The economy of racism
I hate racism. It’s such a petty and weak concept. Just like bullying, it’s all about sniffing out vulnerable minorities and then relentlessly target them over and over again.
But, as distasteful as racism is, it sure is common. Where ever you go, and whatever group of people you talk to, you can almost guarantee that they will have something negative to say about a neighbouring group of people. In fact, racism is such a universal character trait among humans that it is likely to be something fundamental, something programmed into our brains.
So what possible reason could there be to evolve a preference for racist behavior? After all, most people seem to dislike it a much as I do, so you would think it should have disappeared from the population by now.
I believe it all started with our lazy brains. In the old days, when food was scarce, every ounce of energy counted, and you couldn’t go about wasting it on using your expensive brains unnecessary. So, when you met someone for the first time, it was essential to quickly make up your mind about what kind of person they were, without spending too much effort on it. First impressions really did count. Our minds had to resort to taking shortcuts in reaching a decision. We quickly resolved to arrange people into identifiable groups – groups we’ve already made our minds up about.
This was a major step forward in brain usage economy; we could now judge people we’ve never met before just by identifying what group they belonged to – quick and easy. Unfortunately, this also meant that we’ve invented prejudice.
And from then on it’s been down hill. The labour-saving method of judging people by their ethnicity combined with our inherent xenophobia led us to racism. By the means of hair styles, skin colour, language, religious symbols and clothing, we effortlessly (and mostly subconsciously) place people we meet – or even just pass in the street – in predefined pigeon holes. In our Western society, with decades of immigration of people from Africa, the Middle East and Asia, we’re predisposed to have made-up – usually inherited, and often wildly inaccurate – opinions on what ‘those kind of people’ are like, even though we might not even know a single person from those particular ethic groups.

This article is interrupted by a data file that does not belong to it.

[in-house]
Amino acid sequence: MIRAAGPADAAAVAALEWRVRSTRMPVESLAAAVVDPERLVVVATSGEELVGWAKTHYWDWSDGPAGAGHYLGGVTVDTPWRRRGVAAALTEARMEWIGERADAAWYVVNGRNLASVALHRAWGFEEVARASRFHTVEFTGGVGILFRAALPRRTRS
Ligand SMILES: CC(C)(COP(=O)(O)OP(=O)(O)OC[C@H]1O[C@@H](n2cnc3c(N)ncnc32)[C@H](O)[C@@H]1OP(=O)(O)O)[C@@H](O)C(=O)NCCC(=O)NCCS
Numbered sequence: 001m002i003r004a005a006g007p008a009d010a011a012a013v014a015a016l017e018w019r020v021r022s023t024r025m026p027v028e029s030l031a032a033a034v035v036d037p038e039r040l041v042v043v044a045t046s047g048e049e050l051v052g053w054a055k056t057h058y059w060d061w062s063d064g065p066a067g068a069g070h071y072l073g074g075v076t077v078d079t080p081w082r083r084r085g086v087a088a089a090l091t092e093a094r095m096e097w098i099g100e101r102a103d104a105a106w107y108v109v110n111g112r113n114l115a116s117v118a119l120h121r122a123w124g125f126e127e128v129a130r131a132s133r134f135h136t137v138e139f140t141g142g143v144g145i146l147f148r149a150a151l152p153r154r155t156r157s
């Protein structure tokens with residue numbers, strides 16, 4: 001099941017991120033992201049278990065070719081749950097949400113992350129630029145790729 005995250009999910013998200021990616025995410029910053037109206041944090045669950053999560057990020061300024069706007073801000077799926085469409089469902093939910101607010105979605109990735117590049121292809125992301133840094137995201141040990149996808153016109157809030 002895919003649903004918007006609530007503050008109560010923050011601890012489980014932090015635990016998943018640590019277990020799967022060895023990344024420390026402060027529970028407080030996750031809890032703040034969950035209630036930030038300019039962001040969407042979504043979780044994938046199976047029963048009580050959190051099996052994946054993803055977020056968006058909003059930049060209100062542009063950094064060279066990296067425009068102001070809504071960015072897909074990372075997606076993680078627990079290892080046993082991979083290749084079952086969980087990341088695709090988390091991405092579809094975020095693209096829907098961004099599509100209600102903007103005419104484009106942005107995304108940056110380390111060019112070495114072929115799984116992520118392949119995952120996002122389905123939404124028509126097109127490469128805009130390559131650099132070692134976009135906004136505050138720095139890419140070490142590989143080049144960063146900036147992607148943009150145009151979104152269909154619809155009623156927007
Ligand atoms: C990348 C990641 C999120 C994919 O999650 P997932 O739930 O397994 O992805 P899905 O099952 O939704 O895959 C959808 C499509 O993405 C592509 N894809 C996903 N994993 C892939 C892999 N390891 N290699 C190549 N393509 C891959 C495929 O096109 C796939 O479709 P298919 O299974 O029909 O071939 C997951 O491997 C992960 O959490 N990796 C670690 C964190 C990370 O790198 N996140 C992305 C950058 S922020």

So, is the multicultural society doomed? Well, the Chancellor of Germany Angela Merkel certainly seem to think so, where she reckons Germany’s experiment in solidarity has ‘utterly failed’. She is tapping into the widespread xenophobia in Germany, with as many as every third person believing Germany is now ‘overrun with foreigners’. The truth is that even though Germany is one of the countries in Europe with the highest level of immigrants, almost 92% of the people in Germany are still German. That’s hardly ‘being overrun’. Rather, it sound suspiciously like blaming ethic minorities for unwelcome changes. With financial, ecological, social and military instability ever on the increase, and people getting ever more frustrated, a scapegoat is needed. And just like in the 1930s, the easy targets are ‘the other ones’, the ones we know little or nothing about. Surely, ‘they’ would be capable of anything? Even of destroying our ‘fine Christian nation’.
If this all sounds eerily familiar, it’s not just because that’s exactly how Nazi Germany started, but it’s what always happens in times of change. When things go from bad to worse, foreigners get the blame.
But I don’t want to finish this post on a negative note. Being an eternal optimist, I believe there is something we can learn from history: we might not be able to abolish prejudice and racism, but if we take the time to get to know a few people before we make up our minds on their ethic group, we can at least base our prejudice on personal experience, rather than getting our opinions ready-made from the press and friends and family. I think we owe ourselves that much.
That, and also making damn sure we don’t belong to any kind of minority ourselves.